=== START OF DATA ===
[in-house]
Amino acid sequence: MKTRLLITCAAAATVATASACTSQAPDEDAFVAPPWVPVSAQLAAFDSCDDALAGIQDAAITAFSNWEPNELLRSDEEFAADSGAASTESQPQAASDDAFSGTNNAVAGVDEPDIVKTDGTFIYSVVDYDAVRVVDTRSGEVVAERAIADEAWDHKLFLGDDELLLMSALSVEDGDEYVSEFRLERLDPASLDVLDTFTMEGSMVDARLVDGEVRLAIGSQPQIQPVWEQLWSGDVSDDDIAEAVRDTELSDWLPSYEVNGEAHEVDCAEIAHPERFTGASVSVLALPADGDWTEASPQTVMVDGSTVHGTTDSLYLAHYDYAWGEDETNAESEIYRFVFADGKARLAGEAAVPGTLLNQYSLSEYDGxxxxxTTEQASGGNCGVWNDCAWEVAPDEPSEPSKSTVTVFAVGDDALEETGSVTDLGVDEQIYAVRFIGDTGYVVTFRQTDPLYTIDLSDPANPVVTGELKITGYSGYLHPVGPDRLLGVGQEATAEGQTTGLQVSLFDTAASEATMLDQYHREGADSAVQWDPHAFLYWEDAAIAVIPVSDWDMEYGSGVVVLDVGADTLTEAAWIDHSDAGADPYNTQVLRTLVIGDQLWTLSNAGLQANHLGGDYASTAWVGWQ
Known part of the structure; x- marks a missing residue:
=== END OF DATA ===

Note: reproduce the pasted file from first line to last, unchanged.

[in-house]
Amino acid sequence: MKTRLLITCAAAATVATASACTSQAPDEDAFVAPPWVPVSAQLAAFDSCDDALAGIQDAAITAFSNWEPNELLRSDEEFAADSGAASTESQPQAASDDAFSGTNNAVAGVDEPDIVKTDGTFIYSVVDYDAVRVVDTRSGEVVAERAIADEAWDHKLFLGDDELLLMSALSVEDGDEYVSEFRLERLDPASLDVLDTFTMEGSMVDARLVDGEVRLAIGSQPQIQPVWEQLWSGDVSDDDIAEAVRDTELSDWLPSYEVNGEAHEVDCAEIAHPERFTGASVSVLALPADGDWTEASPQTVMVDGSTVHGTTDSLYLAHYDYAWGEDETNAESEIYRFVFADGKARLAGEAAVPGTLLNQYSLSEYDGxxxxxTTEQASGGNCGVWNDCAWEVAPDEPSEPSKSTVTVFAVGDDALEETGSVTDLGVDEQIYAVRFIGDTGYVVTFRQTDPLYTIDLSDPANPVVTGELKITGYSGYLHPVGPDRLLGVGQEATAEGQTTGLQVSLFDTAASEATMLDQYHREGADSAVQWDPHAFLYWEDAAIAVIPVSDWDMEYGSGVVVLDVGADTLTEAAWIDHSDAGADPYNTQVLRTLVIGDQLWTLSNAGLQANHLGGDYASTAWVGWQ
Known part of the structure; x- marks a missing residue: